Last Saturday, some 15,000 people
converged on Public Square as part of the international Women's March
. The turnout was nearly three times the number expected according to the Facebook page
for the Cleveland event. Children peppered the crowd as did senior citizens, and plenty of men marched along amid the sea of pink hats.
For those who spent time downtown during the Republican National Convention (RNC), it was impossible not to compare the two stunning events. While both were characterized by Americans exercising their First Amendment rights, the differences were unmistakable.
During those fateful days last July, there seemed to be five cops and five media representatives for every demonstrator. Conversely, Saturday's march was all about the participants with very few cops—who were thanked and bid well wishes at every turn—and even fewer members of the media. Also, no one was selling anything, which was a stark contrast to the RNC, during which vendors lined Euclid Avenue hawking tee shirts, bobble heads, buttons and all matter of miscellany. Lastly, while the energy amid the RNC felt intense and erratic with many conflicting voices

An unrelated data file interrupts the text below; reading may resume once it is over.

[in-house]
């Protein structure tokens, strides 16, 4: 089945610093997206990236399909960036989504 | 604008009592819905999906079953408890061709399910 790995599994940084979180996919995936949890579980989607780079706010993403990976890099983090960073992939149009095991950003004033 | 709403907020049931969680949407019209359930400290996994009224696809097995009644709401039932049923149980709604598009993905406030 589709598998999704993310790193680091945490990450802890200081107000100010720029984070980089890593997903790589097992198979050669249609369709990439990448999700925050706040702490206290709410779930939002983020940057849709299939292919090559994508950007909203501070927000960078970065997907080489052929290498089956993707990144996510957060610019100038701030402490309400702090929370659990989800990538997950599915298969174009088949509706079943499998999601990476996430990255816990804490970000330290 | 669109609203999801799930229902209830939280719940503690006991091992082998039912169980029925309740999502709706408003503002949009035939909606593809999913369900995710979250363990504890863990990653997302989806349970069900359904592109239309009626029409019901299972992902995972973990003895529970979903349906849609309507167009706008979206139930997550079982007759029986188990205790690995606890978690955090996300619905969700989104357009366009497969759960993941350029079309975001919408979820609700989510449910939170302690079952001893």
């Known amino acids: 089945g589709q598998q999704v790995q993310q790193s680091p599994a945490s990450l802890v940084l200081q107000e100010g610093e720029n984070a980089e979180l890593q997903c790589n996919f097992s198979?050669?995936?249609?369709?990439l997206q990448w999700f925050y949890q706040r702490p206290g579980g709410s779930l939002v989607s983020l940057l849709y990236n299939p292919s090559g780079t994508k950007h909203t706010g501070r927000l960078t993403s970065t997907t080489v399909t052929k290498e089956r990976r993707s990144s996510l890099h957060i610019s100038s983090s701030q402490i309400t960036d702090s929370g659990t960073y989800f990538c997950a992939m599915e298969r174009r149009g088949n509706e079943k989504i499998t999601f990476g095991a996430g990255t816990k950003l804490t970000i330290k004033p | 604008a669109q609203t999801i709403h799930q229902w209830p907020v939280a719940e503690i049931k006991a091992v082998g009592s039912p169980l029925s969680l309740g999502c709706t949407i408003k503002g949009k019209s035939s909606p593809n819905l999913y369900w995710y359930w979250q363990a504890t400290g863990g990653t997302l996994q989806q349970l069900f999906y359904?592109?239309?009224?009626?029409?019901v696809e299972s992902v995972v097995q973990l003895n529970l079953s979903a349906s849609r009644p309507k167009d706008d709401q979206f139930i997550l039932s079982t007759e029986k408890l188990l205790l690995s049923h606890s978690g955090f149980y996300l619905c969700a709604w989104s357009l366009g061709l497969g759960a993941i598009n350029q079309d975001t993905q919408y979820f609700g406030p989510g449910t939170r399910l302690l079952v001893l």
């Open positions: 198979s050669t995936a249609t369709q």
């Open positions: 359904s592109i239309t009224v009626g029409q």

, Saturday's crowd was characterized by bonhomie and unity, so much so that the march concluded with dancing on Public Square.
For those who missed it, Fresh Water managing photographer Bob Perkoski was on hand capturing all the action.
Congresswomen Marcia Fudge, left, and Marcy Kaptur with Case Western Reserve graduate students who organized the event, Claudia Pasma and Laura Seagraves
Julia Shearson, executive director of the Council on American-Islamic Relations addresses the crowd
State Representative Nickie Antonio addresses the rally
The march ends with dancing in Public Square